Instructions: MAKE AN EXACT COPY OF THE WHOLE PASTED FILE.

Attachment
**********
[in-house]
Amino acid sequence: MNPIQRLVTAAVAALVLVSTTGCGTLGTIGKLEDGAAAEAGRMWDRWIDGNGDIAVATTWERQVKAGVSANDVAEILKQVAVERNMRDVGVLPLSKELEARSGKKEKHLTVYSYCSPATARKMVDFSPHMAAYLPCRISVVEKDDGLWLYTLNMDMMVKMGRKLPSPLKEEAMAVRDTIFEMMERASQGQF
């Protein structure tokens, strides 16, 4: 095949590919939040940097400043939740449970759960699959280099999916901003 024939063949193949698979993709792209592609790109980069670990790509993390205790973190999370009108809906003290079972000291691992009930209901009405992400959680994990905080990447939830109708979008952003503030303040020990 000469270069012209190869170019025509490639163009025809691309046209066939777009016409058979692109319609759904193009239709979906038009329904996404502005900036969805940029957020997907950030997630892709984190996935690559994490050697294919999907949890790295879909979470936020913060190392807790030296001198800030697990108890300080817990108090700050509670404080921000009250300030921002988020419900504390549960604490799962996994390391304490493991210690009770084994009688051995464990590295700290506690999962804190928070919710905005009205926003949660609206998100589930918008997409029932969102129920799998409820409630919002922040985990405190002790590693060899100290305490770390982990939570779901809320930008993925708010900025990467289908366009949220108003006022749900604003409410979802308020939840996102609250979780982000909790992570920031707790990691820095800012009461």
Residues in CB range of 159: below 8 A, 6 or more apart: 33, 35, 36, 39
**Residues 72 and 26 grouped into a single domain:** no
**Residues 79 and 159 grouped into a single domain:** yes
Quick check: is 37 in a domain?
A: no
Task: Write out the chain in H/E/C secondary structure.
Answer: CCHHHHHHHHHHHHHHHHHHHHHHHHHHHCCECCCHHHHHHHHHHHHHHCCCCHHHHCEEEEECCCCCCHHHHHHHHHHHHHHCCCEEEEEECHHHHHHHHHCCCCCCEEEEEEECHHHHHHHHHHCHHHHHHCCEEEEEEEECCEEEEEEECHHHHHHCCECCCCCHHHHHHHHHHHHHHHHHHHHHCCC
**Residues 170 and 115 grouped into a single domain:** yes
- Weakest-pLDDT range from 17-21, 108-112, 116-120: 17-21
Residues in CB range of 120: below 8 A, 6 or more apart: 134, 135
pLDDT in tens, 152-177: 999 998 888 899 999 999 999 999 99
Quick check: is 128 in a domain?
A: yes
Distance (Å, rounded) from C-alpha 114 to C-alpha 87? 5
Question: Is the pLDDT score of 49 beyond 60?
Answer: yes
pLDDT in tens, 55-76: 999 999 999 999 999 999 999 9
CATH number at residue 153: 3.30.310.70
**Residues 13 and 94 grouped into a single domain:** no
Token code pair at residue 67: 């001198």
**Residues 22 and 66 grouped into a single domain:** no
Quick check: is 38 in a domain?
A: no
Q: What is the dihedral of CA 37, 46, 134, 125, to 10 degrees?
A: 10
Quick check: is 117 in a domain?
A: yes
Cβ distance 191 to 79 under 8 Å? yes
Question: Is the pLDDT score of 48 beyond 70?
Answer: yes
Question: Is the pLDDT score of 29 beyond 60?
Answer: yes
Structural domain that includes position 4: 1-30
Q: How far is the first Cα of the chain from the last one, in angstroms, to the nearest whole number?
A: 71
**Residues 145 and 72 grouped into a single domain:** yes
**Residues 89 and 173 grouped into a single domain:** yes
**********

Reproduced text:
[in-house]
Amino acid sequence: MNPIQRLVTAAVAALVLVSTTGCGTLGTIGKLEDGAAAEAGRMWDRWIDGNGDIAVATTWERQVKAGVSANDVAEILKQVAVERNMRDVGVLPLSKELEARSGKKEKHLTVYSYCSPATARKMVDFSPHMAAYLPCRISVVEKDDGLWLYTLNMDMMVKMGRKLPSPLKEEAMAVRDTIFEMMERASQGQF
């Protein structure tokens, strides 16, 4: 095949590919939040940097400043939740449970759960699959280099999916901003 024939063949193949698979993709792209592609790109980069670990790509993390205790973190999370009108809906003290079972000291691992009930209901009405992400959680994990905080990447939830109708979008952003503030303040020990 000469270069012209190869170019025509490639163009025809691309046209066939777009016409058979692109319609759904193009239709979906038009329904996404502005900036969805940029957020997907950030997630892709984190996935690559994490050697294919999907949890790295879909979470936020913060190392807790030296001198800030697990108890300080817990108090700050509670404080921000009250300030921002988020419900504390549960604490799962996994390391304490493991210690009770084994009688051995464990590295700290506690999962804190928070919710905005009205926003949660609206998100589930918008997409029932969102129920799998409820409630919002922040985990405190002790590693060899100290305490770390982990939570779901809320930008993925708010900025990467289908366009949220108003006022749900604003409410979802308020939840996102609250979780982000909790992570920031707790990691820095800012009461």
Residues in CB range of 159: below 8 A, 6 or more apart: 33, 35, 36, 39
**Residues 72 and 26 grouped into a single domain:** no
**Residues 79 and 159 grouped into a single domain:** yes
Quick check: is 37 in a domain?
A: no
Task: Write out the chain in H/E/C secondary structure.
Answer: CCHHHHHHHHHHHHHHHHHHHHHHHHHHHCCECCCHHHHHHHHHHHHHHCCCCHHHHCEEEEECCCCCCHHHHHHHHHHHHHHCCCEEEEEECHHHHHHHHHCCCCCCEEEEEEECHHHHHHHHHHCHHHHHHCCEEEEEEEECCEEEEEEECHHHHHHCCECCCCCHHHHHHHHHHHHHHHHHHHHHCCC
**Residues 170 and 115 grouped into a single domain:** yes
- Weakest-pLDDT range from 17-21, 108-112, 116-120: 17-21
Residues in CB range of 120: below 8 A, 6 or more apart: 134, 135
pLDDT in tens, 152-177: 999 998 888 899 999 999 999 999 99
Quick check: is 128 in a domain?
A: yes
Distance (Å, rounded) from C-alpha 114 to C-alpha 87? 5
Question: Is the pLDDT score of 49 beyond 60?
Answer: yes
pLDDT in tens, 55-76: 999 999 999 999 999 999 999 9
CATH number at residue 153: 3.30.310.70
**Residues 13 and 94 grouped into a single domain:** no
Token code pair at residue 67: 């001198």
**Residues 22 and 66 grouped into a single domain:** no
Quick check: is 38 in a domain?
A: no
Q: What is the dihedral of CA 37, 46, 134, 125, to 10 degrees?
A: 10
Quick check: is 117 in a domain?
A: yes
Cβ distance 191 to 79 under 8 Å? yes
Question: Is the pLDDT score of 48 beyond 70?
Answer: yes
Question: Is the pLDDT score of 29 beyond 60?
Answer: yes
Structural domain that includes position 4: 1-30
Q: How far is the first Cα of the chain from the last one, in angstroms, to the nearest whole number?
A: 71
**Residues 145 and 72 grouped into a single domain:** yes
**Residues 89 and 173 grouped into a single domain:** yes